I Had a Baby During the COVID-19 Lockdown—Here’s What It Was Like

Amidst all the uncertainty, one thing was sure: I wouldn’t be able to welcome baby number three into the world the way I did my first two.

Having a baby during COVID-19 - Katherine with Gavin and IvyCourtesy Katherine Flemming
A week before delivering my baby, with my first two children, Ivy (2) and Gavin (4).

“Spring babies—they’re the greatest!”

I heard that line countless times throughout my third pregnancy. My due date was late April 2020, which, when I found out I was pregnant last fall, seemed like a pretty blissful time to welcome a baby into the world. It would mean sun-drenched stroller walks through grassy parks, with the smell of sunscreen and lilacs heavy in the air. With a team of helpful midwives, a supportive husband on standby and a cesarean section scheduled at the same hospital where I delivered my first two children, I was set.

And then COVID-19 hit.

It was January when my kindergartner’s school sent out the first alerts warning about the novel coronavirus. At that time, the tone within my circle was that this was just another flu. Nothing felt grim or scary, and I figured we’d just double-down on the hand-washing. Moms are used to cleaning sticky paws all the time; being a bit more diligent during this flu season would be no sweat.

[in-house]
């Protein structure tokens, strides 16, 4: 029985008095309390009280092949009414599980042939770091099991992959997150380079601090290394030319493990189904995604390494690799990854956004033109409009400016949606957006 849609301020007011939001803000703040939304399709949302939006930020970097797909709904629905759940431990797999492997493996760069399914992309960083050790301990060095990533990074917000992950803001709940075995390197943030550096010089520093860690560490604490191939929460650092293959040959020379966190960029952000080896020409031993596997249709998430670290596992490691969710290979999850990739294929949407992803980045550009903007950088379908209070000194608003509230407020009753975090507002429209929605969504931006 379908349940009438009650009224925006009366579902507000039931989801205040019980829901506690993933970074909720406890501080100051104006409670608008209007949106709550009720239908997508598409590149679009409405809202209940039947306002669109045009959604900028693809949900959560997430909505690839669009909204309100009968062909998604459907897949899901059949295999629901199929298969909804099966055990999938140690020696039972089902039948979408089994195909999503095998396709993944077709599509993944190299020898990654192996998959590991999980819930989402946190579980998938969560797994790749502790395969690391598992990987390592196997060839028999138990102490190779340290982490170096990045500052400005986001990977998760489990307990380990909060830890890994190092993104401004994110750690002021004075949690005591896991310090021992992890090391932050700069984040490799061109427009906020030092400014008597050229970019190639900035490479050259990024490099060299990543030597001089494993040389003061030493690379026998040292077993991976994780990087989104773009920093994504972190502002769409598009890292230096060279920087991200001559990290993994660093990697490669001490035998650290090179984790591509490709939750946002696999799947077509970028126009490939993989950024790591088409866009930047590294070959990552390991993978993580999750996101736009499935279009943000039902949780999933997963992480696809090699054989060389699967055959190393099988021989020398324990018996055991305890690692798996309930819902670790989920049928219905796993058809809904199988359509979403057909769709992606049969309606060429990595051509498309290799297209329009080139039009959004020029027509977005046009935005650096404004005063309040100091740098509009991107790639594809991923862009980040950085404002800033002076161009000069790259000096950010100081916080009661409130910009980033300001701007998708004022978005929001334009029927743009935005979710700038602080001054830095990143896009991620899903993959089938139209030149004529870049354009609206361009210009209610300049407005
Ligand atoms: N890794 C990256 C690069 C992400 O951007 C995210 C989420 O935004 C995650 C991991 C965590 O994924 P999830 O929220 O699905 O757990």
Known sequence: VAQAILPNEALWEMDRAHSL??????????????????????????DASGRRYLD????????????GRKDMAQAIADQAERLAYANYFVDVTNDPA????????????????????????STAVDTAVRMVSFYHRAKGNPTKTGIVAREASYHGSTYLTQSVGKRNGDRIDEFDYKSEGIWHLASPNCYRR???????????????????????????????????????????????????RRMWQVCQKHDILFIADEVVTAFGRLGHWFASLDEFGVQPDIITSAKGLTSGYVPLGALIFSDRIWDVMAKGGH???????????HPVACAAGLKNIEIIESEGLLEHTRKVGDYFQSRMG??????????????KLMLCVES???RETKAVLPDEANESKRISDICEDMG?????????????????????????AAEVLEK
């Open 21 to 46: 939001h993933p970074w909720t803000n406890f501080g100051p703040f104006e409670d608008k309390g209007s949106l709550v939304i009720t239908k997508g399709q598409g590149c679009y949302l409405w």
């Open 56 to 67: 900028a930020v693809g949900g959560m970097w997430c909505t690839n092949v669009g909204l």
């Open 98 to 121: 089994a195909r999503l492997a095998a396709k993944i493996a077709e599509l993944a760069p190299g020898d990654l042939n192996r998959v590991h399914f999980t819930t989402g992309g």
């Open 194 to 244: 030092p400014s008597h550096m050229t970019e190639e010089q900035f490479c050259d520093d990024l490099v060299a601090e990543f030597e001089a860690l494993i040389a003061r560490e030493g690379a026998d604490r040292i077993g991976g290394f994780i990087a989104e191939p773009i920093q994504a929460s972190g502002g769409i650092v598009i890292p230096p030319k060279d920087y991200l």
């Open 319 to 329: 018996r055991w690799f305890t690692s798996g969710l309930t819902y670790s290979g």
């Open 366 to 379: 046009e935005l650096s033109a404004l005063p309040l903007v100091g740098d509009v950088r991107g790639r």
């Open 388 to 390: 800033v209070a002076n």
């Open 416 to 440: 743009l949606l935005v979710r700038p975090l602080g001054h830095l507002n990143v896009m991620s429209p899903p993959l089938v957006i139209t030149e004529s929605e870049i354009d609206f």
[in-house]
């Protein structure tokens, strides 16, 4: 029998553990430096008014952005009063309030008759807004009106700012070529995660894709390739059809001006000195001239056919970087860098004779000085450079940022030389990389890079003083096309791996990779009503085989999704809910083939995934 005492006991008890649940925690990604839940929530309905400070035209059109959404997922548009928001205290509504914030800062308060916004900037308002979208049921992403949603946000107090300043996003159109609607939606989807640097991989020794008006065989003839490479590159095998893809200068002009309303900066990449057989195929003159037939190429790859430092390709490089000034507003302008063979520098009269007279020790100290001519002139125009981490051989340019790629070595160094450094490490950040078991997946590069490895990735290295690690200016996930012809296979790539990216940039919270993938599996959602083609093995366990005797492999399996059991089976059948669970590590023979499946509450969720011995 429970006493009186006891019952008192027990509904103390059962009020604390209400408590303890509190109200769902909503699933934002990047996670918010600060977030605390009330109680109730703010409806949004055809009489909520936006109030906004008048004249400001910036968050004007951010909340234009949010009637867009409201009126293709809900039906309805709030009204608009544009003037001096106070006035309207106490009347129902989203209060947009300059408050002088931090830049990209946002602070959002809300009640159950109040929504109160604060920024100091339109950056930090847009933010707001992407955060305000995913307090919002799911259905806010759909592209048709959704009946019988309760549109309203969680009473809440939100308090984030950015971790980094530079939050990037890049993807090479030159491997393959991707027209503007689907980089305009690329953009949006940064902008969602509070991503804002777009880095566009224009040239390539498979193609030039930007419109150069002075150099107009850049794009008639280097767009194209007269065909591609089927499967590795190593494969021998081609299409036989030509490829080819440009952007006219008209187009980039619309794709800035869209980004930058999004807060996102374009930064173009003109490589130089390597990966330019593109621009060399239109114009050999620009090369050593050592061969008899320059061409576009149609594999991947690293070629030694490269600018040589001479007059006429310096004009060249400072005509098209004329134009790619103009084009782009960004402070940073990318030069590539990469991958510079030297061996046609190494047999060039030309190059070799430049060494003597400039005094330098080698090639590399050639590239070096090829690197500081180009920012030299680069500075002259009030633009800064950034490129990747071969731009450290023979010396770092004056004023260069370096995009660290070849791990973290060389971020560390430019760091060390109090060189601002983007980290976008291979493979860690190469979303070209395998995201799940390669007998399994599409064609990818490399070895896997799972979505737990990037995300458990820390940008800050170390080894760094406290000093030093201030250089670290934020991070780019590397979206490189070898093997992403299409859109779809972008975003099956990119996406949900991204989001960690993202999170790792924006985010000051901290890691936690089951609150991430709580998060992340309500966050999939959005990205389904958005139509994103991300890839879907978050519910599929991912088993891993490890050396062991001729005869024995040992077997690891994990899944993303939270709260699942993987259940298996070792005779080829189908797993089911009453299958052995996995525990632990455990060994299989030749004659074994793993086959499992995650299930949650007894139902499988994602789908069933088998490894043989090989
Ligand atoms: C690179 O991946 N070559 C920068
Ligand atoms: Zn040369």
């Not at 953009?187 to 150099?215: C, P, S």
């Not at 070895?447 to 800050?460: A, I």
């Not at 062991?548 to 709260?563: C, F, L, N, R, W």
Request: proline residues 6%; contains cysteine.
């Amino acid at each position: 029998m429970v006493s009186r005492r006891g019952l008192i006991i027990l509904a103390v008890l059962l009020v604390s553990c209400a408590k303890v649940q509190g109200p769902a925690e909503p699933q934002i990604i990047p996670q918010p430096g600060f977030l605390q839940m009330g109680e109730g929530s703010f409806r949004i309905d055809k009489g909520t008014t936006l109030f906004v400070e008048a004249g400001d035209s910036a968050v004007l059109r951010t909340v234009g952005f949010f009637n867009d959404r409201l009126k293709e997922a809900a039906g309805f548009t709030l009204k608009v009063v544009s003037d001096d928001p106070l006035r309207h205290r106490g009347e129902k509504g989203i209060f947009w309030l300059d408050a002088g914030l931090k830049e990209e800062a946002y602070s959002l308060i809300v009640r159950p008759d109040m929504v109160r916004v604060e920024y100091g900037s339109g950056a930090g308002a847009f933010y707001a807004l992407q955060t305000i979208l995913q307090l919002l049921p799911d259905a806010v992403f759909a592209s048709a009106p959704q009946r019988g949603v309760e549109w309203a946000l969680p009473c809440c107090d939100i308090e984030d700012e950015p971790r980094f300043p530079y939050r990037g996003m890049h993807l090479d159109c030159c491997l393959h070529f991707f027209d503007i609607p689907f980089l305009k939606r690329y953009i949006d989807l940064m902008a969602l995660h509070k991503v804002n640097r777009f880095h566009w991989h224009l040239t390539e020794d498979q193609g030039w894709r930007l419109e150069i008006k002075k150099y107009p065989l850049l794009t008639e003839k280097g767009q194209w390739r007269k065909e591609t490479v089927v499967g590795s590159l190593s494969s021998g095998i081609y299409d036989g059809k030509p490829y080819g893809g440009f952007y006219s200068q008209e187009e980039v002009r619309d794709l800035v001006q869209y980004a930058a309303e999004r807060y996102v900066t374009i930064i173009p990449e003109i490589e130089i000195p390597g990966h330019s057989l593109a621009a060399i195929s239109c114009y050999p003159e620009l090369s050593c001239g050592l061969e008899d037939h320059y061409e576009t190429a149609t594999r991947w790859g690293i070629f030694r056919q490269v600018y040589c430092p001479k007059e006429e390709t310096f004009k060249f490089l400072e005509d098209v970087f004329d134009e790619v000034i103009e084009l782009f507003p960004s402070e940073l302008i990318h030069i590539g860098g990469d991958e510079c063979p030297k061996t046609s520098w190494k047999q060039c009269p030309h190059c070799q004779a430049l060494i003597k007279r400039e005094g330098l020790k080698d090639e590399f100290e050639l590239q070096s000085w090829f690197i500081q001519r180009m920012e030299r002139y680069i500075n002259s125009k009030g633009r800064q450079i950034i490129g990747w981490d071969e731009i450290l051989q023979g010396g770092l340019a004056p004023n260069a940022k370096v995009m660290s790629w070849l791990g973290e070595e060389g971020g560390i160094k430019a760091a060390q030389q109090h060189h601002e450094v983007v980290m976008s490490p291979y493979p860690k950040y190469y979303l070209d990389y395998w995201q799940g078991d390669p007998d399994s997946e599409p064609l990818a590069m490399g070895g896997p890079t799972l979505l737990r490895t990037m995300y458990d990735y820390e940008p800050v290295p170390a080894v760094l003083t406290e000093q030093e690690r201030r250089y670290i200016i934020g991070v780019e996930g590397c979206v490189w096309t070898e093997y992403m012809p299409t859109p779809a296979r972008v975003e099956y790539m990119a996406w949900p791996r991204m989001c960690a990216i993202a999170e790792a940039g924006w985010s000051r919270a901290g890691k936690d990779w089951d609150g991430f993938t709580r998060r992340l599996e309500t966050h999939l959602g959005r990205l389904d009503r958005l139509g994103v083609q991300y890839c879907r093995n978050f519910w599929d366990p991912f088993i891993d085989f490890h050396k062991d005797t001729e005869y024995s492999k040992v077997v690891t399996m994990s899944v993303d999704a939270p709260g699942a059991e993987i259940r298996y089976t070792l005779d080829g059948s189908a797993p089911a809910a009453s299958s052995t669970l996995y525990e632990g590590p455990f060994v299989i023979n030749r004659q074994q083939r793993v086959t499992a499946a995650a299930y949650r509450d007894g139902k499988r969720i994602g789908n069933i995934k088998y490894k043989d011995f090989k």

But February melded into a never-ending March, and I started getting emails from my midwifery team about changes in policy as a result of COVID-19. Expecting moms were to arrive at appointments alone, and we were not to come at all if we were experiencing novel coronavirus symptoms. I couldn’t bring my husband? No big deal, I thought. This wasn’t my first rodeo! I could handle a solo check-up.

Then mandates started coming from the hospital, too, and with my due date looming, I felt my anxiety climb. Absolutely no visitors, and potentially no support person during labour, the hospital’s website stated. How on earth could they do that, I wondered? Isn’t birth about the collective support of your team, cheering you to the finish line? Those thoughts clashed with my sense of civic duty, and a desire to do my part to stop the spread of COVID-19. In my heart I absolutely knew that having fewer people at my birth was the right thing to do, but working through those conflicting feelings was difficult.